Washington will miss the outspoken Letitia “Tish” Baldrige, the octogenarian etiquette maven, who passed on this week. Tish learned the manners of political Washington at an early age when her father served as a U.S. representative from Nebraska. Later, she served as social secretary to America’s ambassador to France in Paris, assistant to Clare Booth Luce at the American Embassy in Rome, and chief of staff to first lady Jackie Kennedy.
A grandmother (and the first woman executive of Tiffany & Co.), she lived for many years on Washington’s Embassy Row with her longtime spouse, Robert Hollensteiner, and their two Jack Russell terriers, Doodle and Binky (who didn’t care about table manners). Baldrige wrote16 books on manners and entertaining, and a weekly etiquette column for Copley News Service.
I interviewed her over lunch at her home about a dozen years ago and want to share some of the highlights which are still relevant today.
Feld: You planned so many White House parties. What makes a great party? Is there a successful formula?
BALDRIGE: A mixture of people who are doing things and making our lives so exciting today-scientists, athletes, movie stars, poets, military-a famous general with all the decorations makes an impression on the party. A mixture like a wonderful patchwork quilt works beautifully.
Feld: Who are Washington’s best hosts today, and why? Who has the best manners in this town today?
Baldridge: : The best manners are in the old houses, the old school: Susan Mary Alsop, Kay Graham, Lucy Moorhead [Rep. Bill Moorhead’s widow], and Charles and Martha Bartlett. They have beautiful manners and entertain beautifully-quiet stuff, no jazzy glitter. What is really terrible about Washington is that those who aren’t all that important think they are, and they come in terribly late to dinner parties. They say, “I just left a very important meeting at the Pentagon, and I apologize.” They haven’t at all. They’ve been in the sauna!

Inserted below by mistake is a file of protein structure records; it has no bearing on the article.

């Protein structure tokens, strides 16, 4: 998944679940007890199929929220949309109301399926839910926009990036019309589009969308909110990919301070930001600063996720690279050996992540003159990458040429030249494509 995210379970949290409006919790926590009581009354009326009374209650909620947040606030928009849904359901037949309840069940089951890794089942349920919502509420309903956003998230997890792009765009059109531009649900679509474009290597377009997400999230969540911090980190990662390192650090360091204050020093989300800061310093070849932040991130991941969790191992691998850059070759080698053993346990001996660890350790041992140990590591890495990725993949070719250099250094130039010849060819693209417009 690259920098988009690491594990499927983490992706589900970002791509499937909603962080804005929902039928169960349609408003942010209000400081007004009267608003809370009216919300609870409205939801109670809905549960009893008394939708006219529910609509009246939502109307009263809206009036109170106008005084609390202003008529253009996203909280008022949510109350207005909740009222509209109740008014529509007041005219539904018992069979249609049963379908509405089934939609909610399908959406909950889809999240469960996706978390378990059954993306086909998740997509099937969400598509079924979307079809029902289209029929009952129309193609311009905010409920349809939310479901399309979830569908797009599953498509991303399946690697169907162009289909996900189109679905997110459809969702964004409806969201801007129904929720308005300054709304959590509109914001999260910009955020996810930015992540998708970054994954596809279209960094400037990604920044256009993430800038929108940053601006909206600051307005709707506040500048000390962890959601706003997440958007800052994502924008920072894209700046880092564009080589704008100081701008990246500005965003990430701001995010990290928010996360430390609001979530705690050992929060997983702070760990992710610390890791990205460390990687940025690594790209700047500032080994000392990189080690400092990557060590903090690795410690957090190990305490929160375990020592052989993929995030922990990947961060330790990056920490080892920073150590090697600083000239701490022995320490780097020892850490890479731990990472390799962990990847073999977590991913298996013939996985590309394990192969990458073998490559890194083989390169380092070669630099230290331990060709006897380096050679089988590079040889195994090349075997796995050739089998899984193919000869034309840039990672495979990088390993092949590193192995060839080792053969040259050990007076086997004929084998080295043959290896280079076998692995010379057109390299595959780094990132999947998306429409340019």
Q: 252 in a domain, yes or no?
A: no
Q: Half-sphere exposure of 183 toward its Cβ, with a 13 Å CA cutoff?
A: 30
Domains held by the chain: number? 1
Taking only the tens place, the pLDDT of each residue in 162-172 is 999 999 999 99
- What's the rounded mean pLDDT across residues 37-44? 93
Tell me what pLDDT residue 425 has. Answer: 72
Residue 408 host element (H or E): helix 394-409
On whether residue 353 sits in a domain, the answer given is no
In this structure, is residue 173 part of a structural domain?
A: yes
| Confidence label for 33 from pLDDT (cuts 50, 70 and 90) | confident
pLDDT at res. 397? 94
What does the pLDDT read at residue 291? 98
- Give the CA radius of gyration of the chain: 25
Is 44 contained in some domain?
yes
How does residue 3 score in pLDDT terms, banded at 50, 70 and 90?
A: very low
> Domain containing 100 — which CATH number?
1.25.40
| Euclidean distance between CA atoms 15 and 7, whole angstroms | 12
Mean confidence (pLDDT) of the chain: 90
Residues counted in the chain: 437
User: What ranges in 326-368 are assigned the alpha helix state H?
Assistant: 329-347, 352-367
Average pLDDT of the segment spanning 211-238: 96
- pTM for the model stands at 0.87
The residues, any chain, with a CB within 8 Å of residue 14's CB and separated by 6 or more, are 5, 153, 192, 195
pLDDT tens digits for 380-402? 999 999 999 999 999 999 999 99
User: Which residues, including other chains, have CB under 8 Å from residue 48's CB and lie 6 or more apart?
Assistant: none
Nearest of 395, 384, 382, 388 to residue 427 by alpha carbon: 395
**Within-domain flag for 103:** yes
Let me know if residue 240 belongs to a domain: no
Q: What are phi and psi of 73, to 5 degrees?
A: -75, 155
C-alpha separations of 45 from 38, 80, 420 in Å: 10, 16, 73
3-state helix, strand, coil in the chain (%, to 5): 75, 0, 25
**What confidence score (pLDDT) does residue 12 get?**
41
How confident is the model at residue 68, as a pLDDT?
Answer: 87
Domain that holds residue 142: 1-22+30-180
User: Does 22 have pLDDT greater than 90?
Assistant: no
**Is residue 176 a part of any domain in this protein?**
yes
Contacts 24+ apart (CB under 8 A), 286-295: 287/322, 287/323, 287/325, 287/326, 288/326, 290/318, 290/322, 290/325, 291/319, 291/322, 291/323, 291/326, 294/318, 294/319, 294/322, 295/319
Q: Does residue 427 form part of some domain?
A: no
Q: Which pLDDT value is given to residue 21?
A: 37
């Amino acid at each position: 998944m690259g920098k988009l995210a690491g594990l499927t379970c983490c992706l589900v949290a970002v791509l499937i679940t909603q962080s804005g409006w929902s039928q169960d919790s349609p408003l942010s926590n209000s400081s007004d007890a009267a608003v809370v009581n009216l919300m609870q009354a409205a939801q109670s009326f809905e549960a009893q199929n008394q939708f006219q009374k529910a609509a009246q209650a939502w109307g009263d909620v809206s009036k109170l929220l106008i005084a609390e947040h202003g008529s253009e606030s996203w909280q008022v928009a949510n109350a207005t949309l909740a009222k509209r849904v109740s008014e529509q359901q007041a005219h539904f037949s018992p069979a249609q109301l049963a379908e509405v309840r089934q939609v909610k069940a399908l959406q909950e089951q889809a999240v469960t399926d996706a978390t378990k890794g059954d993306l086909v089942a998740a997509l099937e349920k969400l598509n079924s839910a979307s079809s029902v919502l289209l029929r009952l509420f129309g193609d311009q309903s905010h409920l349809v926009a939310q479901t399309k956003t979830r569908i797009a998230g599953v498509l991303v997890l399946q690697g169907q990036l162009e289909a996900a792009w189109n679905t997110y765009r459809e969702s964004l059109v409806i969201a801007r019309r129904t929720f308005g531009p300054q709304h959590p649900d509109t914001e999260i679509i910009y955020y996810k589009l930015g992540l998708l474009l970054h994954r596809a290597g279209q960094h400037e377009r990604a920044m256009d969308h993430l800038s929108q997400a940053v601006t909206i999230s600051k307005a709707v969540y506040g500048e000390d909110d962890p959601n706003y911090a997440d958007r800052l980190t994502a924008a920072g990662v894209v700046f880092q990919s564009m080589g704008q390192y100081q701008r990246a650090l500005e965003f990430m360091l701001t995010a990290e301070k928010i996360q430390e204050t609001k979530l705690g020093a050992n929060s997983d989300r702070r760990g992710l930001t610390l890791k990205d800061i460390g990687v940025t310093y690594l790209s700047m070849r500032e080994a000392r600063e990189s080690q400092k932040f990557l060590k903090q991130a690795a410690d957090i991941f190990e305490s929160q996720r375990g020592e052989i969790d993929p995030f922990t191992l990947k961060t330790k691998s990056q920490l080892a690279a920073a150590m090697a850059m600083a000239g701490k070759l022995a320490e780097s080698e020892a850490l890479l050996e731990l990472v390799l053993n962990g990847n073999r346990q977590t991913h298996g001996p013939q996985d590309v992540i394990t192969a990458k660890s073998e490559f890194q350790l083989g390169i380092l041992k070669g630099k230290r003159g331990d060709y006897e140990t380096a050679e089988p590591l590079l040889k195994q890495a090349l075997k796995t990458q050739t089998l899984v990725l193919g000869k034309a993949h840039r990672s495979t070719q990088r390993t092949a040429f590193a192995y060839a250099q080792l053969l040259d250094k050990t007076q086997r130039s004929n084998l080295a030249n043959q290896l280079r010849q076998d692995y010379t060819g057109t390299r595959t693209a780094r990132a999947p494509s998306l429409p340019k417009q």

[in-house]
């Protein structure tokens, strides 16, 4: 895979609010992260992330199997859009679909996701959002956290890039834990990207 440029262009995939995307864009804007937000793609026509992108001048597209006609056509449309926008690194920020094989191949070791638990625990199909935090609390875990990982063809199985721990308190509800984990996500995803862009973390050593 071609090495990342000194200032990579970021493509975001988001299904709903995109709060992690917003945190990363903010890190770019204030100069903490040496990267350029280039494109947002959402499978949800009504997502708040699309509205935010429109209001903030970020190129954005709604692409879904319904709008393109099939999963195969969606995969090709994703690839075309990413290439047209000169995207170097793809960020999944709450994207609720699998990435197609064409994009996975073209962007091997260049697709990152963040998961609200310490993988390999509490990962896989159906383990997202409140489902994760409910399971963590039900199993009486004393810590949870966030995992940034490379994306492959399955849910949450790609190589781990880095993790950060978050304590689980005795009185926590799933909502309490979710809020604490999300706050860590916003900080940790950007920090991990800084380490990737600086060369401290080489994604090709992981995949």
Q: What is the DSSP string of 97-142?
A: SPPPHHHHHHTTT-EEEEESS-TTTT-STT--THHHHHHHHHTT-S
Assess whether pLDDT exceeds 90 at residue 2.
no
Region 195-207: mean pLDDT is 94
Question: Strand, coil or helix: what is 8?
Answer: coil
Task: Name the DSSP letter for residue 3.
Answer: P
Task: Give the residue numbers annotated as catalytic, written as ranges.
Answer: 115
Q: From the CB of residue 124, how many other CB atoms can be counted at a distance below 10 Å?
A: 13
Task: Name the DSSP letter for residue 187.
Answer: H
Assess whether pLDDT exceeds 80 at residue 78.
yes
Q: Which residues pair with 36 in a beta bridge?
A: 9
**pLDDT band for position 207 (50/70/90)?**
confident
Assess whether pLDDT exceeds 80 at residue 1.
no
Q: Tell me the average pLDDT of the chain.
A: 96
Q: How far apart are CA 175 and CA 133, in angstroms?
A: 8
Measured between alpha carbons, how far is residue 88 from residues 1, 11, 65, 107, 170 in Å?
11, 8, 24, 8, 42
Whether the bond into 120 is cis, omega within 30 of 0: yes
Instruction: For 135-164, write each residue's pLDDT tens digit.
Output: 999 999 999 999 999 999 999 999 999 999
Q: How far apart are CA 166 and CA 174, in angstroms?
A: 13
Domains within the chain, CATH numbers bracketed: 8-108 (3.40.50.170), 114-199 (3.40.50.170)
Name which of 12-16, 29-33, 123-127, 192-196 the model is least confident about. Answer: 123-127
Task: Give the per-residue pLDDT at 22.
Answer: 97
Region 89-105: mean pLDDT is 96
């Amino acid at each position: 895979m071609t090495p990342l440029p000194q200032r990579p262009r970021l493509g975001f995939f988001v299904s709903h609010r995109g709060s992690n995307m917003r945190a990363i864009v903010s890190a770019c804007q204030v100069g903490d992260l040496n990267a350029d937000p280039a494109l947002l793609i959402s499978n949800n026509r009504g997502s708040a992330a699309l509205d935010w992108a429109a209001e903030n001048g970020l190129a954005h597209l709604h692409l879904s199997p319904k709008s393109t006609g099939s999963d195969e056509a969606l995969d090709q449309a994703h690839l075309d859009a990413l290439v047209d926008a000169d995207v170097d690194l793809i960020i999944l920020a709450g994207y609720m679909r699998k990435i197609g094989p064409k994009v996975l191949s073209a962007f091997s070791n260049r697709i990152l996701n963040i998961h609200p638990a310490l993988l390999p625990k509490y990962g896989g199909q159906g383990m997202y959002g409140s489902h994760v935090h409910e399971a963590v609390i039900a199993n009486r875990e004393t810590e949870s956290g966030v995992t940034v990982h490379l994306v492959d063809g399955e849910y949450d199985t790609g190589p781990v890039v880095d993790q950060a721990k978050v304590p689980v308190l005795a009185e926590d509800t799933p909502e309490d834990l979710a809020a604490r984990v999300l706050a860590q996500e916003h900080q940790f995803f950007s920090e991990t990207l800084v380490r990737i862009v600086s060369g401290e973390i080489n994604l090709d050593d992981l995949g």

Feld: To what do you attribute this?
Baldridge: I started seeing the change about 20 years ago. Now we’ve had two generations raised without manners with their parents too busy to teach them. And the family doesn’t eat together. That’s where manners used to be taught.
Feld: Do you think the Internet and e-mail have changed the standards of etiquette?
Baldridge: A lot of people think they can say “thank you” for a State dinner by sending an e-mail to the president. He’ll never see it. A handwritten letter always goes to the first lady, then she passes it on to the chef. E-mail is clip, clop, abbreviated and meaningless. If you want to be really noticed, write a beautiful thank-you note for whatever it was at the White House.
Feld: What do you feel is the biggest social faux pas in Washington?
Baldridge: People not RSVP-ing and disregarding the hour. When cocktails are from 6 to 8, they appear at 8, and expect to be served and greeted with smiles. At receptions, people act like vultures descending on the buffet table and don’t let anyone else in.
Feld: What should a hostess do?
Baldridge: Cut off the bar. Never go beyond 30 minutes’ extra grace from the invitation. That’s the way to clear the hall.
Feld: Do you feel chivalry is alive and well today?
Baldridge: Chivalry is dead for those under the age of 50.
Feld: Should it be brought back?
Baldridge: Some of it shouldn’t be. Men and women should be equally kind. It’s not gender-related. For example, running around and opening the car door . . . that has to go. Women and men can come to a party by themselves, and they can take their own transportation home. When women say, “I need a man to take me to this party,” I want to say, “For God’s sake, what century are you living in?
Feld: You worked closely with Jackie Kennedy. What do you think of all the Jackie books coming out?
Baldridge: They’re so full of untruths. I watch all the interviews with the authors, and that’s enough. You get so worn out from them. They say, “and then Jackie felt so despondent. . . .” Here’s somebody who’s never seen her, never met her, and it’s just unbelievable.
Feld: You’ve worked in the West Wing. How realistic do you think the TV drama “The West Wing” is?
Baldridge: I love it. It’s unrealistic but marvelous. It’s filled with attractive, smart people who run from place to place. Nobody walks; nobody ever goes to the bathroom. It shows a great sense of patriotism and integrity. That’s what I like about it.
Feld: Some quick questions about Washington-where do you take guests for dinner if you want to be seen?
Baldridge: The Palm, Capital Grille, The Caucus Room, I Ricchi or the Hay Adams.
Feld: And if you don’t want to be seen?
Baldridge: A hotel or dining room off the main street.
Feld: Where do you take guests you want to impress?
Baldridge: I don’t think you impress people at lunch.
Feld: How do you feel about doggie bags?
Baldridge: Doggie bags are an unattractive fad. If you’re in a steak place and they’ve given you huge portions, it’s fine, even if you don’t have a dog. But creamed spinach?
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